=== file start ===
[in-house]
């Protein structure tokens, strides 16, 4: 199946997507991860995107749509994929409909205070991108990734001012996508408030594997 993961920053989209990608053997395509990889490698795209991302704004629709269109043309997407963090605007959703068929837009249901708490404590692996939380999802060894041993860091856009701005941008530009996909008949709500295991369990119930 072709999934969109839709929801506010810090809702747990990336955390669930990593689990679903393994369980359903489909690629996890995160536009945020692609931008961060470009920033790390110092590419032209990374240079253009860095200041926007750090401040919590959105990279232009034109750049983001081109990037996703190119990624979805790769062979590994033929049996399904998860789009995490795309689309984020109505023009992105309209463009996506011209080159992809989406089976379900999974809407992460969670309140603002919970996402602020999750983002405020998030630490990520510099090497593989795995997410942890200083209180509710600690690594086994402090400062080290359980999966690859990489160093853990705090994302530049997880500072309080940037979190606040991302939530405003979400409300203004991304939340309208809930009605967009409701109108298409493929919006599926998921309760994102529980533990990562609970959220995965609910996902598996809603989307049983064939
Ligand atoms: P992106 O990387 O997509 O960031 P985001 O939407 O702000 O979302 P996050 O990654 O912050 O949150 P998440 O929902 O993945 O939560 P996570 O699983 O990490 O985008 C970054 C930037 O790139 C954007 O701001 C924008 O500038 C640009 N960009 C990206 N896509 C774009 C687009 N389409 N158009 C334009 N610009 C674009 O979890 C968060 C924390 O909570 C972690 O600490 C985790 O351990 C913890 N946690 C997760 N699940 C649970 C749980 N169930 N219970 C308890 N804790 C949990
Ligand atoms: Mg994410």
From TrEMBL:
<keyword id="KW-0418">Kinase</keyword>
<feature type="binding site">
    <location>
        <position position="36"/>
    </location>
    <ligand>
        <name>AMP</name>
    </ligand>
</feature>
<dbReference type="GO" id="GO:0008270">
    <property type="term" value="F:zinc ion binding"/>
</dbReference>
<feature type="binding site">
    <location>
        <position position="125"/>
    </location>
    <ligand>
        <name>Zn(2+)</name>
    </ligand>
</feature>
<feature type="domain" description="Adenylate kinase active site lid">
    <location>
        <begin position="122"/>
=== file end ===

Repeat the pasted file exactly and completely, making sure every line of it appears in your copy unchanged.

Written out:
[in-house]
């Protein structure tokens, strides 16, 4: 199946997507991860995107749509994929409909205070991108990734001012996508408030594997 993961920053989209990608053997395509990889490698795209991302704004629709269109043309997407963090605007959703068929837009249901708490404590692996939380999802060894041993860091856009701005941008530009996909008949709500295991369990119930 072709999934969109839709929801506010810090809702747990990336955390669930990593689990679903393994369980359903489909690629996890995160536009945020692609931008961060470009920033790390110092590419032209990374240079253009860095200041926007750090401040919590959105990279232009034109750049983001081109990037996703190119990624979805790769062979590994033929049996399904998860789009995490795309689309984020109505023009992105309209463009996506011209080159992809989406089976379900999974809407992460969670309140603002919970996402602020999750983002405020998030630490990520510099090497593989795995997410942890200083209180509710600690690594086994402090400062080290359980999966690859990489160093853990705090994302530049997880500072309080940037979190606040991302939530405003979400409300203004991304939340309208809930009605967009409701109108298409493929919006599926998921309760994102529980533990990562609970959220995965609910996902598996809603989307049983064939
Ligand atoms: P992106 O990387 O997509 O960031 P985001 O939407 O702000 O979302 P996050 O990654 O912050 O949150 P998440 O929902 O993945 O939560 P996570 O699983 O990490 O985008 C970054 C930037 O790139 C954007 O701001 C924008 O500038 C640009 N960009 C990206 N896509 C774009 C687009 N389409 N158009 C334009 N610009 C674009 O979890 C968060 C924390 O909570 C972690 O600490 C985790 O351990 C913890 N946690 C997760 N699940 C649970 C749980 N169930 N219970 C308890 N804790 C949990
Ligand atoms: Mg994410």
From TrEMBL:
<keyword id="KW-0418">Kinase</keyword>
<feature type="binding site">
    <location>
        <position position="36"/>
    </location>
    <ligand>
        <name>AMP</name>
    </ligand>
</feature>
<dbReference type="GO" id="GO:0008270">
    <property type="term" value="F:zinc ion binding"/>
</dbReference>
<feature type="binding site">
    <location>
        <position position="125"/>
    </location>
    <ligand>
        <name>Zn(2+)</name>
    </ligand>
</feature>
<feature type="domain" description="Adenylate kinase active site lid">
    <location>
        <begin position="122"/>